Logo of The Tyee, home of independent journalism that could help erase that pesky 49th Parallel, the artificial dividing line between what used to be a united Turtle Island.

Time Is Running Out to Support Pro-Native Journalism in Canada; Help Fund The Tyee!


A few centuries ago, Europeans alighted upon these shores, and it was not long before they had imposed their own boundaries, laws and proclivities upon the unsuspecting populations of Turtle Island.

Not least of these is the 49th Parallel, otherwise known as the official boundary between the United States and Canada. It is easy these days for those of us to the south of that arbitrary line to lose track of what is happening north of it. But the fight over the Keystone XL oil pipeline, as well as other issues that render the border all but irrelevant, have highlighted the interconnection we continue to share.

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That’s where The Tyee comes in. A paragon of independent journalism, The Tyee has explored First Nations education, reported on the significance of land claims and sacred sites versus development initiatives, and brought to light issues related to missing and murdered indigenous women, among many other topics. It is dedicated to that task, and to continue it needs money to support its independent journalism. 

“Whether it's major decisions in indigenous rights and title, or this nation's Idle No More movement, The Tyee has covered major issues of importance for First Nations communities across Canada since we launched in 2003,” the site’s editors told ICTMN in an e-mail.

Indian Country Today Media Network can vouch for that, having reprinted several Tyee stories to augment our own Canada coverage.

The Tyee needs financial support to continue its mission of reporting accurately and digging into the issues important for an informed electorate to know about. Such in-depth journalism is more essential than ever given Canada’s impending federal elections this year, as the site’s editors point out.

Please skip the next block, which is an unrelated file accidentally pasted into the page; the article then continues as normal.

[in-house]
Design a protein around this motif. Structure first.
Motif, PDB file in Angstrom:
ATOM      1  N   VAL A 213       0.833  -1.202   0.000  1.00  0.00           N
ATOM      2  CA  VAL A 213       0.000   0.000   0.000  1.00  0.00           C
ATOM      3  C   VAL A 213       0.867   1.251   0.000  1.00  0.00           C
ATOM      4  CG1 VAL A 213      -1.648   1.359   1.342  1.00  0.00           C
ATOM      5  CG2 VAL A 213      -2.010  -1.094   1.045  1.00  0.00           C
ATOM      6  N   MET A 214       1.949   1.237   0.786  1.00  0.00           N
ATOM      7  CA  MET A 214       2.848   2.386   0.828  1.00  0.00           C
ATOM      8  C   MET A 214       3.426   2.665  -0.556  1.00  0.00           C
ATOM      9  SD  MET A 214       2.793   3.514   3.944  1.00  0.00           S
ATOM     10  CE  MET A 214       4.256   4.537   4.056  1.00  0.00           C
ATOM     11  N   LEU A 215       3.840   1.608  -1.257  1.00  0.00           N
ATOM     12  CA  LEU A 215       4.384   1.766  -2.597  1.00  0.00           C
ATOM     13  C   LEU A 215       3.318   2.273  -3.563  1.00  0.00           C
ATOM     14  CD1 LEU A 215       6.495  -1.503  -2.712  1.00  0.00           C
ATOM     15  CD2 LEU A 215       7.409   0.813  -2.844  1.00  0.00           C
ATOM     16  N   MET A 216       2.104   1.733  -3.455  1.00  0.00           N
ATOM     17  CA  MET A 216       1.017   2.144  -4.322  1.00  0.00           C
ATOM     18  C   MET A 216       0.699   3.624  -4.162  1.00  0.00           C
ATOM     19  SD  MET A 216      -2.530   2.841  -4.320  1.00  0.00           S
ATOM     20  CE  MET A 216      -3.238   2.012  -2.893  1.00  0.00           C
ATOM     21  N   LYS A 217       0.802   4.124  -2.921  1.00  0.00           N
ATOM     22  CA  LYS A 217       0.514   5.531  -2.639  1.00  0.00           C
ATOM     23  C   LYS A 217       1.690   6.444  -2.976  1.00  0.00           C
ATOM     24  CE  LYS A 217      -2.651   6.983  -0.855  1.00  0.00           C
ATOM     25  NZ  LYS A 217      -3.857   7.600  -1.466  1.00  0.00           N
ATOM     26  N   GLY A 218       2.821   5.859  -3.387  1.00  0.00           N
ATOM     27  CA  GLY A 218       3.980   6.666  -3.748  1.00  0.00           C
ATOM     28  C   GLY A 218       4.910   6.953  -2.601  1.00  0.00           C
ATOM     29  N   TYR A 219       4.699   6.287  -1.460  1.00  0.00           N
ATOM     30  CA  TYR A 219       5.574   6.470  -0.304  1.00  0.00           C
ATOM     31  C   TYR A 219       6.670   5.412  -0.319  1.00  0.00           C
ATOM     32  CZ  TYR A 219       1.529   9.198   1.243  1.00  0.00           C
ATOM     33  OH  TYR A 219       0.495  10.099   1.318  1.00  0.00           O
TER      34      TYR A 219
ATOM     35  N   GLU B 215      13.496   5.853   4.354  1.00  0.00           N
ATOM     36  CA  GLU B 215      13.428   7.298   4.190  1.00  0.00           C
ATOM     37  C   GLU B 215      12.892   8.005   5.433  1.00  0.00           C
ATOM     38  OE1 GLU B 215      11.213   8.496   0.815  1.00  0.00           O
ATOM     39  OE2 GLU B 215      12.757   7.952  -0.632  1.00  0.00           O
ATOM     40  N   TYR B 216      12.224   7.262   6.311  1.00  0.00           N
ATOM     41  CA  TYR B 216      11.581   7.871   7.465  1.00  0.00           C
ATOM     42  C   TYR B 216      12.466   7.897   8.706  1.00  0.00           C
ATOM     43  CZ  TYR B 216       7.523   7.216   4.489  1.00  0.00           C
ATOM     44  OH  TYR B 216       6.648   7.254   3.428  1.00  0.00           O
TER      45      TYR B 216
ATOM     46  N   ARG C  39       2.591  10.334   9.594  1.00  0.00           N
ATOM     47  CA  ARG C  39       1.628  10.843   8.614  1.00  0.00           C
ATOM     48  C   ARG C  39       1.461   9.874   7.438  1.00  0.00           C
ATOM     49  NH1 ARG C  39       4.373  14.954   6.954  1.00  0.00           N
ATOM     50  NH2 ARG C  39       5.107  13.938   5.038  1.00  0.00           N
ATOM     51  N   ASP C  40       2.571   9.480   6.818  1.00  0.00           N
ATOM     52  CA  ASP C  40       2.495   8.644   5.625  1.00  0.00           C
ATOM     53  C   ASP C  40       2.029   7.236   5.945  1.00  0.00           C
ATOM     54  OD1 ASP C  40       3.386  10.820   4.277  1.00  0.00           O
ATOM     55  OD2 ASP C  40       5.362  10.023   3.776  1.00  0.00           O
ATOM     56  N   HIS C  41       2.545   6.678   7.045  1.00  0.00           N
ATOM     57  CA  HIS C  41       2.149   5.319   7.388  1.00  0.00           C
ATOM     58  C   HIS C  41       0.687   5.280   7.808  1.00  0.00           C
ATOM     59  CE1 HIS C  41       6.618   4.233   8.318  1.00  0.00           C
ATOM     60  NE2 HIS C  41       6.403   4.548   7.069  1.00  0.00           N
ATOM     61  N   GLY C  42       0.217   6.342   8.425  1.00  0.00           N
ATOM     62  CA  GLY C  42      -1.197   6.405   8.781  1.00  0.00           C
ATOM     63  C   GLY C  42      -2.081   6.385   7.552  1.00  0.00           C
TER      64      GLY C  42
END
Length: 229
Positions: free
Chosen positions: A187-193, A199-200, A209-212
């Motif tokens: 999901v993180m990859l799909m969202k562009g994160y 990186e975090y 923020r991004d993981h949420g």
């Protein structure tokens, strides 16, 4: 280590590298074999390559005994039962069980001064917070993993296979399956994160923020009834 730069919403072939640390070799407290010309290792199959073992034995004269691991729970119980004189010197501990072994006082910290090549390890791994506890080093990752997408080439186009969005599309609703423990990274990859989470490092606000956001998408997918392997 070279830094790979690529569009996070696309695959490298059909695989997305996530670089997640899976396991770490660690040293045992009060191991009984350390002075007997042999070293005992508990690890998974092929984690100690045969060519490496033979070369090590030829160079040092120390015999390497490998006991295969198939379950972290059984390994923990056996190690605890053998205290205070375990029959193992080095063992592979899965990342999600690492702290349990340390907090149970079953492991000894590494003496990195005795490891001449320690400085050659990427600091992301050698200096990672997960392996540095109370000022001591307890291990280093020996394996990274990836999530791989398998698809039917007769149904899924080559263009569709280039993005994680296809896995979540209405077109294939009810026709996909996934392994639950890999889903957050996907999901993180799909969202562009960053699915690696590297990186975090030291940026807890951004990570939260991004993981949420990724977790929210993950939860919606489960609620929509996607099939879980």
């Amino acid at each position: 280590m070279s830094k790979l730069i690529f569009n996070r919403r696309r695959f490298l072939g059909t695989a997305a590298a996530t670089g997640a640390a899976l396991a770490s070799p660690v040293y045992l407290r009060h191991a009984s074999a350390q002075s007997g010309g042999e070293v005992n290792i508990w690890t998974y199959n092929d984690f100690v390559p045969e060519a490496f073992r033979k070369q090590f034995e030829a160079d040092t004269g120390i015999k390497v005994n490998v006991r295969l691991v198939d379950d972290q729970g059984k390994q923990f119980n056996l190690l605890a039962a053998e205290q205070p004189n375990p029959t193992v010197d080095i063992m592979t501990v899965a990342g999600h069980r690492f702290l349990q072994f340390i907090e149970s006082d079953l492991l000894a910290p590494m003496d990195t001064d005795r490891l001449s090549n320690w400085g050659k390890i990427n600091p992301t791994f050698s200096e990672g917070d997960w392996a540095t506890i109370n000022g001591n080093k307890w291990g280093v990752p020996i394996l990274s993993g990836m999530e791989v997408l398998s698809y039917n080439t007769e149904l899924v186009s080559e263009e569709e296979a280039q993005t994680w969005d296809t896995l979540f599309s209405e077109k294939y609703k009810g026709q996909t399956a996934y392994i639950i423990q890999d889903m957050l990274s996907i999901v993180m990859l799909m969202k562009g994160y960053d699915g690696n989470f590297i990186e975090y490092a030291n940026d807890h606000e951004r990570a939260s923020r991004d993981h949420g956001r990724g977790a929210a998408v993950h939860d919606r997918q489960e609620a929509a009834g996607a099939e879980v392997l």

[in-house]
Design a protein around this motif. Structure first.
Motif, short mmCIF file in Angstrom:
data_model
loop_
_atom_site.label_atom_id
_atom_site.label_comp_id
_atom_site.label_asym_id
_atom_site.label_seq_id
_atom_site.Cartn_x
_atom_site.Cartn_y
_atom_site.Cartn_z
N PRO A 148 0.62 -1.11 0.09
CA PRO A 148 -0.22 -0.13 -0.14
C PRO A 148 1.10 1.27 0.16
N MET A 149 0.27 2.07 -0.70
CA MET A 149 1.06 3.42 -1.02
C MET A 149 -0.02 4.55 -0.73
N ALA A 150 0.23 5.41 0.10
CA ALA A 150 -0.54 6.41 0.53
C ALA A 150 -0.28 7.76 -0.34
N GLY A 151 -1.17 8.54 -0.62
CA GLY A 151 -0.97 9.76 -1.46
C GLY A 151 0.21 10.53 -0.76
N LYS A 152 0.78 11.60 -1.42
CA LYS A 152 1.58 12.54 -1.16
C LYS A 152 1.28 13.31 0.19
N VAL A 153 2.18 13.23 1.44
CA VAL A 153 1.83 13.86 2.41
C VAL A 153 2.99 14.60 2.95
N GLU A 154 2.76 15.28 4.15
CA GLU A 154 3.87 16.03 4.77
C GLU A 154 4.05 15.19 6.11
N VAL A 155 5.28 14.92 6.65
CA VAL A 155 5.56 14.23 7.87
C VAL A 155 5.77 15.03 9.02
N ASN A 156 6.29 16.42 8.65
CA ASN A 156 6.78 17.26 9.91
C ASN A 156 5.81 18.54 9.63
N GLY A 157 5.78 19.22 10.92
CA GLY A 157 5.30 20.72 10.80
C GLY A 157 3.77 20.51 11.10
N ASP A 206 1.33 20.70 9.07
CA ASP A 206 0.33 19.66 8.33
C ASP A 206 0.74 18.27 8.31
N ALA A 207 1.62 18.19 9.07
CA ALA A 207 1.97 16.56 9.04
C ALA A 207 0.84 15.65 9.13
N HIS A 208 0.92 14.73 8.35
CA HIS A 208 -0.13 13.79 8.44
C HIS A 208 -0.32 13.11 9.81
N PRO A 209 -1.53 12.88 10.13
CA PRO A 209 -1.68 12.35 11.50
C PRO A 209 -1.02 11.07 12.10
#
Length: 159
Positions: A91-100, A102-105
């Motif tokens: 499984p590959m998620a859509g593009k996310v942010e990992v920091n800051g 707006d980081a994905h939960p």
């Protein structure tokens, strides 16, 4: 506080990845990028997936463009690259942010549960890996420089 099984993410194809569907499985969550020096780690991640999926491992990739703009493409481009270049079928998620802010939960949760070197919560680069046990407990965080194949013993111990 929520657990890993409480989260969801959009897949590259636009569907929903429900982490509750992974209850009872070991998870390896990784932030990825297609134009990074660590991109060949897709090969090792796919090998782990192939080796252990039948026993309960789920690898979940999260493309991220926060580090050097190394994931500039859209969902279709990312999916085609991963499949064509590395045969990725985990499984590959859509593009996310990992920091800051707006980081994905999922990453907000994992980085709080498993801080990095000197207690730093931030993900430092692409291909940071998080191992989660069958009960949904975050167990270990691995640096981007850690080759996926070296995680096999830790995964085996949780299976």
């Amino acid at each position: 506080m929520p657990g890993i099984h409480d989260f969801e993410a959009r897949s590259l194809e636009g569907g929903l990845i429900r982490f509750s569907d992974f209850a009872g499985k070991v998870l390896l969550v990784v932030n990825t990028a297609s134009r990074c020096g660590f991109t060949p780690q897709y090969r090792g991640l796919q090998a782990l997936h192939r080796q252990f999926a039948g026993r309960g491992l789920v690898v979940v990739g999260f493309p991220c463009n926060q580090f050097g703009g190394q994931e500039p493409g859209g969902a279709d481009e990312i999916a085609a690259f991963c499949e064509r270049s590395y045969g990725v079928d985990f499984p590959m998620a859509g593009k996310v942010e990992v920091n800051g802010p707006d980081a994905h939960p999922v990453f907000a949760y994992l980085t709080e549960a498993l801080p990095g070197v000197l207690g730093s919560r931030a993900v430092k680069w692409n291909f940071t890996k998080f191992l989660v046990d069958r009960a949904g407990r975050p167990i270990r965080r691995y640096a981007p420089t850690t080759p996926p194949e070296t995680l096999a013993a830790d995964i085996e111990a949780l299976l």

“As an independent, online magazine based in British Columbia, we're mainly known for our reporting on powerful movements of indigenous resistance against key energy projects,” The Tyee said. “What sets us apart is our joint effort to highlight and uplift leaders of the next generation. We also aim to amplify the voices of indigenous writers, such as Judith Sayers, an aboriginal lawyer from the Hupacasath First Nation whose expert knowledge has helped clarified the stakes of major title decisions, and Jess Housty, a shining young Heiltsuk leader in B.C.”

Only five days are left for The Tyee to raise the $12,000 needed to reach its election-coverage total of $50,000. For more information, or to donate, check out The Tyee’s fund-raising page.

For more Tyee coverage of indigenous issues, check out some of the links below, as well as the fun-raising video.

Heiltsuk Will Fight to Protect Central Coast Herring

Kids Learn Culture and Language at Surrey's Only Indigenous Preschool

Cross-border Indigenous Treaty Takes on Kinder Morgan Pipeline

How the Tsilhqot'in Decision Changes Business in BC

To the Tsilhqot'in, with Gloves

And all of The Tyee’s indigenous coverage can be found here.

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